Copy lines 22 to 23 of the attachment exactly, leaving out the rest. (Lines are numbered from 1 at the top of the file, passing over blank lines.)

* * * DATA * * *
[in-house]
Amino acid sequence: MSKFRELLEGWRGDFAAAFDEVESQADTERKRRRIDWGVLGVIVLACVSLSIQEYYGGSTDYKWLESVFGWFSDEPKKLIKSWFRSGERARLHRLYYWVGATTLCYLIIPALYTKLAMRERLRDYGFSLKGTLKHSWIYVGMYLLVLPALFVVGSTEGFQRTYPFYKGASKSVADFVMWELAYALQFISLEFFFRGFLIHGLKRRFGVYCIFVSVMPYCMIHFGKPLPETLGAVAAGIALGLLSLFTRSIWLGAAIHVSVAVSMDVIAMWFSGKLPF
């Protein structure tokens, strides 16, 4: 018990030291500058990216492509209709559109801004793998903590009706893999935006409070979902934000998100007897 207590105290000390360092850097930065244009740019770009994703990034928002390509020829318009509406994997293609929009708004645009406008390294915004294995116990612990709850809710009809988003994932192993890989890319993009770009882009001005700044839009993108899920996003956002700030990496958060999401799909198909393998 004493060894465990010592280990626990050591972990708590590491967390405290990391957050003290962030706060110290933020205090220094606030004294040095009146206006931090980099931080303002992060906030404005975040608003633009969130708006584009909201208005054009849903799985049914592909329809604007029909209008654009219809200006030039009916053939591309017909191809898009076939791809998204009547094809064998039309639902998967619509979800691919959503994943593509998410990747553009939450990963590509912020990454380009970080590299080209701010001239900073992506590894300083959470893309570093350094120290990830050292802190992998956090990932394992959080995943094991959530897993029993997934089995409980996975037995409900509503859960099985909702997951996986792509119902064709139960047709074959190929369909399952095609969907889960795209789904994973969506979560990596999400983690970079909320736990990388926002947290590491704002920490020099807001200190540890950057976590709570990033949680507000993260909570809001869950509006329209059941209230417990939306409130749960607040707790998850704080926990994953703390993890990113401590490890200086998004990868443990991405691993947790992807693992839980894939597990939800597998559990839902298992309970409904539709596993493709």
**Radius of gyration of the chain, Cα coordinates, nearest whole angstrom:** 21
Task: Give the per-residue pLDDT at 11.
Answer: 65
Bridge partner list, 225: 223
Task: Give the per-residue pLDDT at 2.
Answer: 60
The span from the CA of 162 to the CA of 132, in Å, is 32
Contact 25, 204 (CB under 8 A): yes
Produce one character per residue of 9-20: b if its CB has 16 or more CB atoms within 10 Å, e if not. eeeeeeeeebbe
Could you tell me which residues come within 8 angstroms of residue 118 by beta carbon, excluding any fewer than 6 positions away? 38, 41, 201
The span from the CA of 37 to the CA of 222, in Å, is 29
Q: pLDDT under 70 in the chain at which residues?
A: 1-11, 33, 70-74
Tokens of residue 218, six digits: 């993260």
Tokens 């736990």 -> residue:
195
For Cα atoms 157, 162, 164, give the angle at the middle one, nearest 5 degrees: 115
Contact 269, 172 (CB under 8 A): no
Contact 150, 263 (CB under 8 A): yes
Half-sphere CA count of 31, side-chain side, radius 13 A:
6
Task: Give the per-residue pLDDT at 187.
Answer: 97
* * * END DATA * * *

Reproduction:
Contact 150, 263 (CB under 8 A): yes
Half-sphere CA count of 31, side-chain side, radius 13 A: